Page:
Control of mosquitto/MQTT



  • I have been having a look at MQTT and the mosquitto implementation - it seems that it has some useful possibilities.

    I used opkg to install mosquitto to play with it.
    All went well, however I was surprised that:

    1. On installation mosquitto is automatically started and is also re-started on a reboot (because there exists the file /etc/rc.d/S80mosquitto that does so)
    2. There is no (obvious) way to stop mosquitto from the mosquitto command.
      All I was able to do was:
      a. Use kill on the mosquitto process id
      b. or use /etc/init.d/mosquitto stop

    I'm not really sure that it is a good idea for things to be automatically started on installation; nor is it a good idea to have no obvious method of stopping them once they are started.

    Perhaps this could be addressed in a later version of the *mosquitto package.



  • Mosquitto is an MQTT broker (server), and the main purpose of a server is to be available as much as possible. What is wrong with that ?



  • If you have issues with this package, you should address the creators of that software package. I also agree with Johan, it is a server package, why disable it from starting up?



  • Howdy Kit,

    I'm with the other two, when installing MQTT 99.9% of the time you want it to be running, including after a reboot.

    The other 0.1 of the time is someone testing :)

    Matt

    PS. If this is your first play with MQTT, it is by far the best way to push messages around numerous devices with an exceptionally low overhead. Topics are the way forward!

    I personally use it with a load of Arduino's & ESP8266's and it's made intercommunication "amazeballs", almost as cool as realising you can run over-the-air updates on ESP8266 boards :)



  • Current running a project using mosquito. The actual broker is running on a pi. The omega has the mosquito client package installed. Got a cron job that reads a temperature sensor on a GPIO then publishes to a topic. Omega talks to the pi over wifi.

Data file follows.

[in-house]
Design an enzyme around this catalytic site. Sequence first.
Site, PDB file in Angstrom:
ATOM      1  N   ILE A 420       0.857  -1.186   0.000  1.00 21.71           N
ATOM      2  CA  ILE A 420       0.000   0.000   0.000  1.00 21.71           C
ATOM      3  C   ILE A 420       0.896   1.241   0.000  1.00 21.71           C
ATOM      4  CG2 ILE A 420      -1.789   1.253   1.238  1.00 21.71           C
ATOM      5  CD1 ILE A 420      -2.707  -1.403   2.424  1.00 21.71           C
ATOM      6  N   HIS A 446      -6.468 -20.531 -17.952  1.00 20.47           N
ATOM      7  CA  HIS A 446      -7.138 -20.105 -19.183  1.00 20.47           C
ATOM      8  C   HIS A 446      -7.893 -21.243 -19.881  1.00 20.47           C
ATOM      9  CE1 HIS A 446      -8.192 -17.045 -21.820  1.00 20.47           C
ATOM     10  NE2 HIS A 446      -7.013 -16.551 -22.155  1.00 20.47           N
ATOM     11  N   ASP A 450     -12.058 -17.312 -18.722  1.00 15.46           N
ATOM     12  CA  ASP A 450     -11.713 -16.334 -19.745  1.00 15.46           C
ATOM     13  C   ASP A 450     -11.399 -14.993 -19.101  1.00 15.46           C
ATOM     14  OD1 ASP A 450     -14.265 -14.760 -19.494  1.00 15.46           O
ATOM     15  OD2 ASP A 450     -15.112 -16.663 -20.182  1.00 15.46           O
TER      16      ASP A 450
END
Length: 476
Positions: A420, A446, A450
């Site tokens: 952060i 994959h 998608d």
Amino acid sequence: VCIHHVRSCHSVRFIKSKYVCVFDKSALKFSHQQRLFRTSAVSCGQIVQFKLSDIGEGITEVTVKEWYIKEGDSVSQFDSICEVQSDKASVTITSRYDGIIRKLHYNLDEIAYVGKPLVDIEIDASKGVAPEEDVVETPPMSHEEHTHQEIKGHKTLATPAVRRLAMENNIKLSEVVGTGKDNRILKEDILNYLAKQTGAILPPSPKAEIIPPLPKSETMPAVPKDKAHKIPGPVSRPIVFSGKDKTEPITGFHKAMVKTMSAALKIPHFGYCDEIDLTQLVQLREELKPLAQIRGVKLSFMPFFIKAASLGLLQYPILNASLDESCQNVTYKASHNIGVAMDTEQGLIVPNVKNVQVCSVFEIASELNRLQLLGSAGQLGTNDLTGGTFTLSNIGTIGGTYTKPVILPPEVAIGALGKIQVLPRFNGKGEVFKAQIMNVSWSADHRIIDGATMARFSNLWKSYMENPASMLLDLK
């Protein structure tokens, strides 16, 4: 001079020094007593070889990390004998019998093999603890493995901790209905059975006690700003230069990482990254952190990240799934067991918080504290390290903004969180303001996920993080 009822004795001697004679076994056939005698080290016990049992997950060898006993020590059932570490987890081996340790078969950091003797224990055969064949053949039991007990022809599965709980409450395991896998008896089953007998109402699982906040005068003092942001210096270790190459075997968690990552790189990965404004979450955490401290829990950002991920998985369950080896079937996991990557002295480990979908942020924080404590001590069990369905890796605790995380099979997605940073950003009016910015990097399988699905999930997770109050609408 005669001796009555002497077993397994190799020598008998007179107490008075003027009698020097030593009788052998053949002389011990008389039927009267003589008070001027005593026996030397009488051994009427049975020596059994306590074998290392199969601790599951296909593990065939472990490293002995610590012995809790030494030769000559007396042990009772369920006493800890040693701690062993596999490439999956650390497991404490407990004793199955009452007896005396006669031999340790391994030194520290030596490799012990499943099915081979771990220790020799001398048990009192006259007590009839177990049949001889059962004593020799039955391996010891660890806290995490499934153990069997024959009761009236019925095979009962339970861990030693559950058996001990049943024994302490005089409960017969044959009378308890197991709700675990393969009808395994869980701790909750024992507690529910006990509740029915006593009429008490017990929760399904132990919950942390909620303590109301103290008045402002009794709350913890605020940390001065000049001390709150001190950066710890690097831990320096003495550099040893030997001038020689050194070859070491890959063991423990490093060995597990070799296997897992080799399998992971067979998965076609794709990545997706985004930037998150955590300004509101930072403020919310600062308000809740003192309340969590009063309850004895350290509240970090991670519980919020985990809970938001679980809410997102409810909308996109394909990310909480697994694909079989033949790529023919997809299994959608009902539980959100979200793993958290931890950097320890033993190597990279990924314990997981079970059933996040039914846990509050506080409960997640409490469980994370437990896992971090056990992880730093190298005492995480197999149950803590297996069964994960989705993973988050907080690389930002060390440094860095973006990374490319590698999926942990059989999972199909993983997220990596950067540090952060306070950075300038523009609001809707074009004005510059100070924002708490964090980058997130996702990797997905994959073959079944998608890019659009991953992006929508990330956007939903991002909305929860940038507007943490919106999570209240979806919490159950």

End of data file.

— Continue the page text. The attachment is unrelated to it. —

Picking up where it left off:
Works fine.



  • @mark-doutre said:

    Current running a project using mosquito. The actual broker is running on a pi. The omega has the mosquito client package installed. Got a cron job that reads a temperature sensor on a GPIO then publishes to a topic. Omega talks to the pi over wifi.

    Works fine.

    Howdy Mark,

    Quick question are you using a DHT11 or DHT22 sensor? I did have a look eaierly to see if there was a library kicking around I could use for the Omega, hence I'm curious to see what you're using :)

    Matt



  • @Matt-Ogborne I've got a DS18B20 connected to a GPIO that I sample periodically.



  • To the various people who replied to my original post: thank you, that's what having a community like this is all about - the ability to express and share different ideas and view points. :-)

    In response:

    • I don't have a major disagreement with MQTT starting automatically since, as has been said, there will often be cases where this is what is wanted, but as a general principle I don't like it when a system does something that impinges on my system (a) without letting me know; and (b) without any obvious clean way to control it.
    • While I can envisage that I will (in the future) make use of MQTT, I don't necessarily want it running (and consuming system resources) all the time - I want this to be under my control
    • The mechanism by which the automatic starting of MQTT is done uses the default configuration file with the default port. While it is possible to edit the configuration file, I would much prefer the flexibility that is afforded via specifying the configuration file and/or port from the command line
    • My biggest objection to the current situation is that it is not immediately obvious as to how to stop it once it is started and this is even more so if one has started an instance via the command line with the -d option

    Other than all of my rants above, I do think that MQTT is (can be) a very useful tool for intercommunication - I really like it in general :-)



  • @Matt-Ogborne check this topic, it has a precompiled executable to read data from DTH11/DHT22 in the Omega.



  • @Kit-Bishop In the mosquitto.conf file, there is an option for a pid file. Set that up then send a SIGHUP to the existing broker. It should re-read the conf file. You can now kill the broker whenever you want.

    As far as using mosquitto goes, I wouldn't run the broker on the Omega. I've always regarded the Omega as an edge device rather than a micro server (like a pi).



  • @mark-doutre Thanks - found that. :-) Though I think it would still be good if there was a more direct method of stopping it.

    Regarding the running of the broker on the Omega, I agree with your comment. So far I have just been playing with MQTT and having a local broker under one's own control is a valuable part of getting to understand it all. In the real world, using a separate broker somewhere else is probably the way to go.

    Any way, thanks for your interest and comments :-)


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